NASHVILLE, Tenn. (AP) — The U.S. Department of Education is criticizing a proposal floated by a top Tennessee Republican lawmaker to cut off federal K-12 funds, describing the proposal as “political posturing. ”

“Our students need more — not less — to support their academic recovery and address the youth mental health crisis,” a department spokesperson told The Associated Press. “This political posturing will impede the basic education of young people throughout the entire K-12 school system and limit opportunities — particularly for students most in need — to access tutoring and academic support, afterschool and summer programs, school counselors, mental health professionals, and other assistance.”

The agency added that anyone in favor of such a plan “should have to answer to their local educators and parents in their community about the detrimental impact it would have on their community’s education system and their students’ futures.”

Earlier this week, Tennessee House Speaker Cameron Sexton confirmed that he has introduced legislation that would allow Tennessee to reject the nearly $1.8 billion of federal K-12 education funds that help provide support for low-income students, English learners and students with disabilities. Sexton said Tennessee is currently in the financial position to use state tax dollars to replace federal education funds and doing so would free the state from burdensome requirements that come with accepting federal dollars.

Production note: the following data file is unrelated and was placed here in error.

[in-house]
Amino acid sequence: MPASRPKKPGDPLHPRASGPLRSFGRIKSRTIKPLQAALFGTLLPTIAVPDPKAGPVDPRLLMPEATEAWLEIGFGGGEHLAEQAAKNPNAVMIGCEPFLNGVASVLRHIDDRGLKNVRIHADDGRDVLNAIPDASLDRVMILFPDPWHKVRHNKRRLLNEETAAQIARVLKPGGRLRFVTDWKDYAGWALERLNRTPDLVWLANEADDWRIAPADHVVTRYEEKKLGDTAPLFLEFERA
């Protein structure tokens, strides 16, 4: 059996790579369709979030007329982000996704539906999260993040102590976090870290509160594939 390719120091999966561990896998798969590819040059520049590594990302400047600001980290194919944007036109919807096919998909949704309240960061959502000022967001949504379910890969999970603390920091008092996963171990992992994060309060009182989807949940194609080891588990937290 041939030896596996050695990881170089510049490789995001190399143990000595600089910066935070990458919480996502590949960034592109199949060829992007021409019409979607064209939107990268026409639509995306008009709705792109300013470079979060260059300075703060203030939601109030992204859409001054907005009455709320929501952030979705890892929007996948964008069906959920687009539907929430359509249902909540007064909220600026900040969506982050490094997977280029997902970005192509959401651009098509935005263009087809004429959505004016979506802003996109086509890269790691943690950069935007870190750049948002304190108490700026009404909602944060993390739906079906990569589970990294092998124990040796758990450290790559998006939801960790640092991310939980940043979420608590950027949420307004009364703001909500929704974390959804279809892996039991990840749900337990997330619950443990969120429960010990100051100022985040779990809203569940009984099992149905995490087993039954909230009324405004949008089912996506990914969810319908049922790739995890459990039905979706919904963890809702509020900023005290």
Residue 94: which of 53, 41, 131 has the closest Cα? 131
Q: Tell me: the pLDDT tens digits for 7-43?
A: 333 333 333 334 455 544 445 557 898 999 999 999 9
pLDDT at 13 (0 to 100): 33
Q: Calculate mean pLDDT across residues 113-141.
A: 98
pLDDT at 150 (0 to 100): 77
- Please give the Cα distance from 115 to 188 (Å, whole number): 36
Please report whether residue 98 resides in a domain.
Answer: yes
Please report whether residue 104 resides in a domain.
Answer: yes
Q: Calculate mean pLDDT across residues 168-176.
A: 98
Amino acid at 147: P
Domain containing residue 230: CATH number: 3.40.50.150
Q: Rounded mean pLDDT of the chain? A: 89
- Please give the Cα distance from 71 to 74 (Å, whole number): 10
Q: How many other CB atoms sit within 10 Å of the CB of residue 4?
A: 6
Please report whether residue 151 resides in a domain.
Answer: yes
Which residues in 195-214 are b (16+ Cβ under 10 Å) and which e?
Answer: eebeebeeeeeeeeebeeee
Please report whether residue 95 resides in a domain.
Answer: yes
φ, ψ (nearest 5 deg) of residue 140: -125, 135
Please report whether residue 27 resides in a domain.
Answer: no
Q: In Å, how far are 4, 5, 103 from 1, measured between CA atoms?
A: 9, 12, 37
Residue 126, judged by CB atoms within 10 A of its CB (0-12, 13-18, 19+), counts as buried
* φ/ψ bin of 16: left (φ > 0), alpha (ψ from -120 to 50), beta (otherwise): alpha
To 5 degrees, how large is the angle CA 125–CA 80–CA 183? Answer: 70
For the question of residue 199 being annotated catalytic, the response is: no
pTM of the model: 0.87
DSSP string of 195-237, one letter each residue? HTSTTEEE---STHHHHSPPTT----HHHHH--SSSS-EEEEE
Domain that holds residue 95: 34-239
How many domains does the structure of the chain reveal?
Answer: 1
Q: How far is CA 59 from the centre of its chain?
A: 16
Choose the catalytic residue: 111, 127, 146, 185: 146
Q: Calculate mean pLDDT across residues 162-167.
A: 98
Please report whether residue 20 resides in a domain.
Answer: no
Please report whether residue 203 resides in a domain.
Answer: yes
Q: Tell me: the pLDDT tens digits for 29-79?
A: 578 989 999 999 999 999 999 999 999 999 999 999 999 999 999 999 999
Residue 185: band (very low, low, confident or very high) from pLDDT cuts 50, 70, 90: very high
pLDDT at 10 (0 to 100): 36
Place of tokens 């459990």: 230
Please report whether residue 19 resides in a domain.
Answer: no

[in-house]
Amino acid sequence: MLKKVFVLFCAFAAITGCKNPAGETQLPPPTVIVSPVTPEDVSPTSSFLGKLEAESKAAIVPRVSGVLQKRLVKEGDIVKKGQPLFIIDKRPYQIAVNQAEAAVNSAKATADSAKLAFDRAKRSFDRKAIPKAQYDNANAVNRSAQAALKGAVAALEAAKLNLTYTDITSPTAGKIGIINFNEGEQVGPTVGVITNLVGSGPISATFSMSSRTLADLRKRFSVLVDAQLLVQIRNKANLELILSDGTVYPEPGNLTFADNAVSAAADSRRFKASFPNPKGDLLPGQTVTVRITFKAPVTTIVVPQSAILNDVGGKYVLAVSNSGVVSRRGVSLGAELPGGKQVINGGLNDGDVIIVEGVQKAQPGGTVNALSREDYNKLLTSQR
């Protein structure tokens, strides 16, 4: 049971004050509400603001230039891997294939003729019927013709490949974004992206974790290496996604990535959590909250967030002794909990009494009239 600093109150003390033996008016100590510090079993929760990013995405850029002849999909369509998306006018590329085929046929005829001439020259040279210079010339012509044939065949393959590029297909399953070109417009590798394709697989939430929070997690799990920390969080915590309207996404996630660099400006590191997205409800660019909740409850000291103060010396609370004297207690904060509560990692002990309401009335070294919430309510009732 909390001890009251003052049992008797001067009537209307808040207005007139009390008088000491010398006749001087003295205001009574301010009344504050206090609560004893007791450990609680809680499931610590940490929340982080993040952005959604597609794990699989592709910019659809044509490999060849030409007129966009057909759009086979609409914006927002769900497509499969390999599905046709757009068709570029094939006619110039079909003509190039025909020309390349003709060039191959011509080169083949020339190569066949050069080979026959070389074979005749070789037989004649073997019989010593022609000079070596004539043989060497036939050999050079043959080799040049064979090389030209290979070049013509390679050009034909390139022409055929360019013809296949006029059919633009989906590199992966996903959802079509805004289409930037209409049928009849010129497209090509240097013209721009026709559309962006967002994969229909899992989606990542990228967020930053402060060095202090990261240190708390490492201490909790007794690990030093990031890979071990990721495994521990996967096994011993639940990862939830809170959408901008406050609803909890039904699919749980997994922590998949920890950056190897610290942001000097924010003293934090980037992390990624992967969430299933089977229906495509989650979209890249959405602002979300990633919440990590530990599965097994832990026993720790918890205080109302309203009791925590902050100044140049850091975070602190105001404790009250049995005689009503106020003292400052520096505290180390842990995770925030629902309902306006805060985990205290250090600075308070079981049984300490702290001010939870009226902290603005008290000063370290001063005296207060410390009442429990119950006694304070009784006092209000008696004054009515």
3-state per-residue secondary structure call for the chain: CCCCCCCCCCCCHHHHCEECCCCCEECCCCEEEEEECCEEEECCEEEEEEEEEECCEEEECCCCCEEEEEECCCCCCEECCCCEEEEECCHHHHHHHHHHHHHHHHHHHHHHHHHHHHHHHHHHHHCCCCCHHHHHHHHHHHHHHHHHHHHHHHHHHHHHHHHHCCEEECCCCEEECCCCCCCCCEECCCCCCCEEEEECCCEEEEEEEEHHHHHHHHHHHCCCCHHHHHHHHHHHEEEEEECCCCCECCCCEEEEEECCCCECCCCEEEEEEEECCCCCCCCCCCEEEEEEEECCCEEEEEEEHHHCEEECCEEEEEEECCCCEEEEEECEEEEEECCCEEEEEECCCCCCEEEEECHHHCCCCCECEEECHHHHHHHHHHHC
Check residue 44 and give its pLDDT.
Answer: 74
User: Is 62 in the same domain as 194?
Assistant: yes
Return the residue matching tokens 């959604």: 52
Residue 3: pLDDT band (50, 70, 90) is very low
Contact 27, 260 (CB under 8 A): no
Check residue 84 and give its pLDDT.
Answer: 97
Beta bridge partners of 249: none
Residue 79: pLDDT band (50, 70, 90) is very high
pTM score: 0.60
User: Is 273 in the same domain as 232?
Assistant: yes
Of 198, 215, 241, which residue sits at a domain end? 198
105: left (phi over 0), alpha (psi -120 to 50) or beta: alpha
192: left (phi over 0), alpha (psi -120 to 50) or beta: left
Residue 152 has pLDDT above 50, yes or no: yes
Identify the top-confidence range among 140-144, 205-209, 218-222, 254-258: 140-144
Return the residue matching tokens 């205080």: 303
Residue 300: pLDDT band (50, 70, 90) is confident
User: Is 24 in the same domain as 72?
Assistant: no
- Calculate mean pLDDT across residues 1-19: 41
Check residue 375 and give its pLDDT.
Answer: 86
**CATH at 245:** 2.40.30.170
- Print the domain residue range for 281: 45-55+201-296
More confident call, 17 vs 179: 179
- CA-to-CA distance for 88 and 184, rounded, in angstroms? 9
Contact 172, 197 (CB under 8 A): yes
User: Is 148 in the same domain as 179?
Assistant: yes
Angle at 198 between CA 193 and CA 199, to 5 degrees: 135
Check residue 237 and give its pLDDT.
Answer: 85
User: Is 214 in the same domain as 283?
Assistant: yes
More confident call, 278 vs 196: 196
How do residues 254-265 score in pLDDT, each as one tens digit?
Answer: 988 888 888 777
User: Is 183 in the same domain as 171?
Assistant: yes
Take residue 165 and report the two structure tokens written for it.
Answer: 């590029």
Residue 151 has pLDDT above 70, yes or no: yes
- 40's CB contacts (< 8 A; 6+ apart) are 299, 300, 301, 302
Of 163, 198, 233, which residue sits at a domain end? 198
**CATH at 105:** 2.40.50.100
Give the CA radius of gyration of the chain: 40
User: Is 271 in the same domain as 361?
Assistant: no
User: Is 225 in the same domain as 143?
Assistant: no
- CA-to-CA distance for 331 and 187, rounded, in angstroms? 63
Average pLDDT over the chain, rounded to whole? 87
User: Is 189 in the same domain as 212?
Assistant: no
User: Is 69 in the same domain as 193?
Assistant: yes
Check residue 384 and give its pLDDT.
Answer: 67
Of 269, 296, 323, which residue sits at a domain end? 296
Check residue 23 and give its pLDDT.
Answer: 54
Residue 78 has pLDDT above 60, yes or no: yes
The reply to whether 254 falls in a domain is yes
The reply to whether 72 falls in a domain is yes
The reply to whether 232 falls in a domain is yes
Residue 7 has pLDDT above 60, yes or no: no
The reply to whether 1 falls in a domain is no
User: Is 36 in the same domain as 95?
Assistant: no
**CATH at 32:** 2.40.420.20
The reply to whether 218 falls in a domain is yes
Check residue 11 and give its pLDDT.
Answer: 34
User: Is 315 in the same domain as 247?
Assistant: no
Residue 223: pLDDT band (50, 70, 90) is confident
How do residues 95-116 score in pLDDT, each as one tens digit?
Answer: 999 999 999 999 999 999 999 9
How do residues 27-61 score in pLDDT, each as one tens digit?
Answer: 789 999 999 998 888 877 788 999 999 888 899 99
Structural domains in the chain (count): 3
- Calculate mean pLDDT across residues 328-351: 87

Sexton said the Department of Education’s response encapsulated “everything wrong with federal bureaucrats.”

“The Washington education regime is afraid of freedom, hates states’ rights, and knows that us rejecting federal money for overbearing policies like common core will ultimately lead to a total demise of their bureaucratic big brother approach,” he said in an email.

Federal dollars make up about 20% of Tennessee’s K-12 education funding, which had an almost $8.3 billion budget as of fiscal year 2023. The federal money is seen as a key tool to supporting schools in low-income areas and special education.

To date, no state has successfully rejected federal education funds, but many Republican politicians and candidates at the federal level have made a habit of calling for the outright elimination of the U.S. Department of Education.

Yet in Tennessee, Sexton’s effort has sparked alarm among education advocates who argue the state already isn’t spending enough on public education.

It’s unclear whether Tennessee would have fewer conflicts with the federal government if the state chose to forgo the education funding. While the U.S. Constitution says public education is a state responsibility, states are still required to follow federal laws.